Michael Cavna, for the Washington Post:
The occasion for this interview is linked to the Bill Watterson retrospectivecurated by Robb and exhibited last year at the Billy Ireland galleries (in a dual show with a Richard Thompson retrospective) and this year at Angouleme. Tomorrow, Andrews McMeel, the parent company of Watterson’s syndicate, is publishing “Exploring Calvin and Hobbes,” the ravishing exhibition catalogue from that retrospective — a 152-page beauty that, like the show itself, is organized around such themes as the seasons that rippled through “Calvin and Hobbes” like supporting characters.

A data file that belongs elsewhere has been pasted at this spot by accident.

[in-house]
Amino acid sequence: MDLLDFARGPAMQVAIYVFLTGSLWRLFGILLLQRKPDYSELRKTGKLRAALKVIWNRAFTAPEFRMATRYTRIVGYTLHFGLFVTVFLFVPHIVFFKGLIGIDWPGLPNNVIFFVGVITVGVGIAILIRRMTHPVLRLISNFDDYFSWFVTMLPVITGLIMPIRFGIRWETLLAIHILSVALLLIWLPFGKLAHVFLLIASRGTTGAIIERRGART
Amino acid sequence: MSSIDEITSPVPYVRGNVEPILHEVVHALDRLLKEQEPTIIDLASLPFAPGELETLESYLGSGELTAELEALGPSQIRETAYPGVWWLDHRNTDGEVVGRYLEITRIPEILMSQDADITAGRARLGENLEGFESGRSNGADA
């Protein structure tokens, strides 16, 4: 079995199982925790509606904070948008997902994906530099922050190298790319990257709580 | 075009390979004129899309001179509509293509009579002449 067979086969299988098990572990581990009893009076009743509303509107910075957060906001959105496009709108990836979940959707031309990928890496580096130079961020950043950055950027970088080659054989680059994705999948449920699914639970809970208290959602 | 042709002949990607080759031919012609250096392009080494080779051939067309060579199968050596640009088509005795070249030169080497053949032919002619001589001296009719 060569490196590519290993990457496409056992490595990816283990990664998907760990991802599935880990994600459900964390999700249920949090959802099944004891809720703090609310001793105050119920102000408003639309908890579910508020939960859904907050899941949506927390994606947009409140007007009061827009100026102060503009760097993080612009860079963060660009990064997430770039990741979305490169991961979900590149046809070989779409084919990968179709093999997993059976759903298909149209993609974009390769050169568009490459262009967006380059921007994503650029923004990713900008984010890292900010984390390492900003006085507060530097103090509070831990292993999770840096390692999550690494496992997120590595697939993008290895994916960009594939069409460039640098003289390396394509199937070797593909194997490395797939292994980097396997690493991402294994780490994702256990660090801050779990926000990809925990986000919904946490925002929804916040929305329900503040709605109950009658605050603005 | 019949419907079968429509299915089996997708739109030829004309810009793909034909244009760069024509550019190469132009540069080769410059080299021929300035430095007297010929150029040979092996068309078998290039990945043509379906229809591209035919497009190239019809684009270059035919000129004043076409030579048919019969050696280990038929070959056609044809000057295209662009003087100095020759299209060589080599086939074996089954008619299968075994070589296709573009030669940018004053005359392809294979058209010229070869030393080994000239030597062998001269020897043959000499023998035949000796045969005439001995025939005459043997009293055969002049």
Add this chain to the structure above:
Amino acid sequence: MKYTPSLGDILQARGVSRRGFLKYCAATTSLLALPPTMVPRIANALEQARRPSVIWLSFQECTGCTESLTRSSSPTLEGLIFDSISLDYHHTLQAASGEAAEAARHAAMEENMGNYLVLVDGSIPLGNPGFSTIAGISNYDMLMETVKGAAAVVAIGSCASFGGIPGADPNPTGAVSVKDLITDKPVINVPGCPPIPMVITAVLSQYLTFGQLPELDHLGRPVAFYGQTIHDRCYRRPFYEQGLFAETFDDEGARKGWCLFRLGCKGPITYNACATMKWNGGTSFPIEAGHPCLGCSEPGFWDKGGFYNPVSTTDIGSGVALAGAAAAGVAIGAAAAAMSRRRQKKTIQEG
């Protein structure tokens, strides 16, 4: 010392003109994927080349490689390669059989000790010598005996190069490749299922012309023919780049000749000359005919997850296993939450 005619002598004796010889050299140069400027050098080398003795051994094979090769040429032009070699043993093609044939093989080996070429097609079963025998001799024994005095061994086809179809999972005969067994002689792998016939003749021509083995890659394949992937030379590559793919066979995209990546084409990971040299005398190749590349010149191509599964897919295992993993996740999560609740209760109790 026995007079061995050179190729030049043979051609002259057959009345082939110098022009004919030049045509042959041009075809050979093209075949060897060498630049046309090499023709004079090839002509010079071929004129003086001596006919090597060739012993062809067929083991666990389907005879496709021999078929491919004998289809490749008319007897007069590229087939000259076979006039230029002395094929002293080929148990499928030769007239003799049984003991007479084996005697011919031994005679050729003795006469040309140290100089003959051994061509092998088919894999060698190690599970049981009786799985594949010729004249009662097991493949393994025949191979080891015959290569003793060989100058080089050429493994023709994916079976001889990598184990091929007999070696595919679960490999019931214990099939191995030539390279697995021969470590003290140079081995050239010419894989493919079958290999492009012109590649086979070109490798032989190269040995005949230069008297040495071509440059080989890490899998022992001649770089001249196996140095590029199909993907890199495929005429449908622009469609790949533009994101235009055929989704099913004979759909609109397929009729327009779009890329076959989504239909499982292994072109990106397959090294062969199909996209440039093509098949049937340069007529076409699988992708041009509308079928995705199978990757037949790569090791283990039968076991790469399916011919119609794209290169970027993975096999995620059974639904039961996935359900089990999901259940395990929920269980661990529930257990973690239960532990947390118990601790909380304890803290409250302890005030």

And “Exploring Calvin and Hobbes” the Book, arriving 20 years after the adored strip sledded away for the final time, finds Watterson in the late-summer of his content.
Calvin and Hobbes occupied a sweet spot in history, when newspapers were still physical things that gave you colorful fingerprints. But, for me, the comic was also published in a time between adolescence and adulthood, which seems appropriate. As for Watterson, it seems to me that he hasn’t so much settled into his superstardom as he has outlived the most oppressive aspects of it.